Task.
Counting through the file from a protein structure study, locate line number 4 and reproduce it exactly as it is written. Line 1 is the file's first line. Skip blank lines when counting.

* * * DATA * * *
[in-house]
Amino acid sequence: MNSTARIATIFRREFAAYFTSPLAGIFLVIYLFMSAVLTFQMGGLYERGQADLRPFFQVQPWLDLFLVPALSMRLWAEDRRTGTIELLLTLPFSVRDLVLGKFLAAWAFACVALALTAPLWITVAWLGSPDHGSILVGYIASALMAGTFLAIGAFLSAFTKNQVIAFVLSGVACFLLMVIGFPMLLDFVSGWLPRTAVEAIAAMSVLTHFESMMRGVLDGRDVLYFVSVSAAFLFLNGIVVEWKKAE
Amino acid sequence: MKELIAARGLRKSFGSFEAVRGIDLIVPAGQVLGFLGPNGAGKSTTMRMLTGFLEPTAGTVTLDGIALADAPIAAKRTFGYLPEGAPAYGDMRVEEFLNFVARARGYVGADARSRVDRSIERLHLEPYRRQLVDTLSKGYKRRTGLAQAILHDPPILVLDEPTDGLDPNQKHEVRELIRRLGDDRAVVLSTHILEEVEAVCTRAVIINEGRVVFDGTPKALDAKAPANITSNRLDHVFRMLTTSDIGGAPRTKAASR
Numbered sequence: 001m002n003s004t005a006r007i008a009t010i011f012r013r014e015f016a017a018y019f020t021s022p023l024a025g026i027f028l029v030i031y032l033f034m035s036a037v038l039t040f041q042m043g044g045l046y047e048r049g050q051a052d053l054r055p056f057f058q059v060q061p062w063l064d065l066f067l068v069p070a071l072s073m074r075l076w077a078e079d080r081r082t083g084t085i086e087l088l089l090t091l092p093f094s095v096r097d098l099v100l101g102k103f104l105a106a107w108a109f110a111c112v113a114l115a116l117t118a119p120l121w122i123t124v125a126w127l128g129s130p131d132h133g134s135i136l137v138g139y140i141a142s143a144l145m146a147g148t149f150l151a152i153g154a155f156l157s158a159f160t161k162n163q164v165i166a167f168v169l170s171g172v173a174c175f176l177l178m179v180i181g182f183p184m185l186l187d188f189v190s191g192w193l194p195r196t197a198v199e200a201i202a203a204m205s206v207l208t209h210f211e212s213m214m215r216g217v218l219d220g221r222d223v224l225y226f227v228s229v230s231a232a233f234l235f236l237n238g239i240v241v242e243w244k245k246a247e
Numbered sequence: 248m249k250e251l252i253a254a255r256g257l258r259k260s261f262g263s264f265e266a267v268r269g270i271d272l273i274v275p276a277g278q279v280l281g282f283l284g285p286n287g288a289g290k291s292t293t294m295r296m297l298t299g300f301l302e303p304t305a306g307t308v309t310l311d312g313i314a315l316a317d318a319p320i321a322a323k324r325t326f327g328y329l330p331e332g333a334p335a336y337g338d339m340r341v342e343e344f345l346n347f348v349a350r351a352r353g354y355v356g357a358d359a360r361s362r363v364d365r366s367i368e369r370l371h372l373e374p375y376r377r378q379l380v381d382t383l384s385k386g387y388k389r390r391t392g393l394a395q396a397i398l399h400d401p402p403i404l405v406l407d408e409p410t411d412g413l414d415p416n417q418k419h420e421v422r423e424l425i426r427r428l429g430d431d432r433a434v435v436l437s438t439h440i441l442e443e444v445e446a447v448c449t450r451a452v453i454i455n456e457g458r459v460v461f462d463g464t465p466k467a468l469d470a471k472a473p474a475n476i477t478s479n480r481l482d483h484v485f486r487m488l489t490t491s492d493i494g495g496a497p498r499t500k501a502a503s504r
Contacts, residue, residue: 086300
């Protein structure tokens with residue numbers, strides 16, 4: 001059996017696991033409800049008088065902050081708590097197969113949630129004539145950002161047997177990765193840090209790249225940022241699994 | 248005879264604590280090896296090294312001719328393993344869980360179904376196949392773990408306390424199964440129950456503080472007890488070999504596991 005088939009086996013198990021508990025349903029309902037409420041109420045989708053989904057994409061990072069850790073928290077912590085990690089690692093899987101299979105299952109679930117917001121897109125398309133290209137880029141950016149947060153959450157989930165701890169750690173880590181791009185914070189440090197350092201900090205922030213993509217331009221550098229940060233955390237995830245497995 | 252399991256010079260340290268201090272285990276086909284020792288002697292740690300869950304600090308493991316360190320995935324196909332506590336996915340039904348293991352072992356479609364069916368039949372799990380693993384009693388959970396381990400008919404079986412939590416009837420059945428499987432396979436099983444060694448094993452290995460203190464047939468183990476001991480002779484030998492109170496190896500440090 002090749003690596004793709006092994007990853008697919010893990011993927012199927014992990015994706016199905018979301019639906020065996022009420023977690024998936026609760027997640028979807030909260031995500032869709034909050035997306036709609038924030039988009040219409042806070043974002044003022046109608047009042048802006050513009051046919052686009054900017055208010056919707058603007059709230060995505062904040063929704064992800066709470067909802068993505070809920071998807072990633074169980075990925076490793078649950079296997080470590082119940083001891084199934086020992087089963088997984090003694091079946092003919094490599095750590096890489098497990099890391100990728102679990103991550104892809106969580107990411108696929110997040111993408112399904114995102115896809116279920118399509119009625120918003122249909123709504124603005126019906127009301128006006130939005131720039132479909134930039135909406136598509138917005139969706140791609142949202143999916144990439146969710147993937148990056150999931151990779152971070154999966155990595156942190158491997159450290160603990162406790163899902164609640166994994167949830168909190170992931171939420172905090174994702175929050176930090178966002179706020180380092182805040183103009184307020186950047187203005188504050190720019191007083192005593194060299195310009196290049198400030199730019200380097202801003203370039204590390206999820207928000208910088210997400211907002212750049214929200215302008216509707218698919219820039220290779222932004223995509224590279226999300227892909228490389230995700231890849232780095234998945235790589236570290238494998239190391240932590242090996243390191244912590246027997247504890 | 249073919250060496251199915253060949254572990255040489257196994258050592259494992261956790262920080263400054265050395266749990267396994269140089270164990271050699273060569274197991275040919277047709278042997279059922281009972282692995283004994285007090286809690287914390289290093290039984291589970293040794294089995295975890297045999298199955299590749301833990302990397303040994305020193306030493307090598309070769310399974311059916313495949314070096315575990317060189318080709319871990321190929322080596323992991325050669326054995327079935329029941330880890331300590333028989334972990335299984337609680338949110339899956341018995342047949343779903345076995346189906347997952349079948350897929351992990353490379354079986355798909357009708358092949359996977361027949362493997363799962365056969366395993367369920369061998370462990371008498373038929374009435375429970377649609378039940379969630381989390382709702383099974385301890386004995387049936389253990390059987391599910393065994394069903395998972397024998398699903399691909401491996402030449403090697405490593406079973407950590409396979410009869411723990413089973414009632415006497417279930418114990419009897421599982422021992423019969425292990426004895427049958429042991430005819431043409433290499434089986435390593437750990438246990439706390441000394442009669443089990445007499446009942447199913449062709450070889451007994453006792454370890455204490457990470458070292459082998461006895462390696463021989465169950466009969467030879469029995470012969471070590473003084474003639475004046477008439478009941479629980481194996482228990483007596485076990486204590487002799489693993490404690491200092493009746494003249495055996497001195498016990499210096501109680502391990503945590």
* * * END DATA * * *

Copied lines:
Numbered sequence: 001m002n003s004t005a006r007i008a009t010i011f012r013r014e015f016a017a018y019f020t021s022p023l024a025g026i027f028l029v030i031y032l033f034m035s036a037v038l039t040f041q042m043g044g045l046y047e048r049g050q051a052d053l054r055p056f057f058q059v060q061p062w063l064d065l066f067l068v069p070a071l072s073m074r075l076w077a078e079d080r081r082t083g084t085i086e087l088l089l090t091l092p093f094s095v096r097d098l099v100l101g102k103f104l105a106a107w108a109f110a111c112v113a114l115a116l117t118a119p120l121w122i123t124v125a126w127l128g129s130p131d132h133g134s135i136l137v138g139y140i141a142s143a144l145m146a147g148t149f150l151a152i153g154a155f156l157s158a159f160t161k162n163q164v165i166a167f168v169l170s171g172v173a174c175f176l177l178m179v180i181g182f183p184m185l186l187d188f189v190s191g192w193l194p195r196t197a198v199e200a201i202a203a204m205s206v207l208t209h210f211e212s213m214m215r216g217v218l219d220g221r222d223v224l225y226f227v228s229v230s231a232a233f234l235f236l237n238g239i240v241v242e243w244k245k246a247e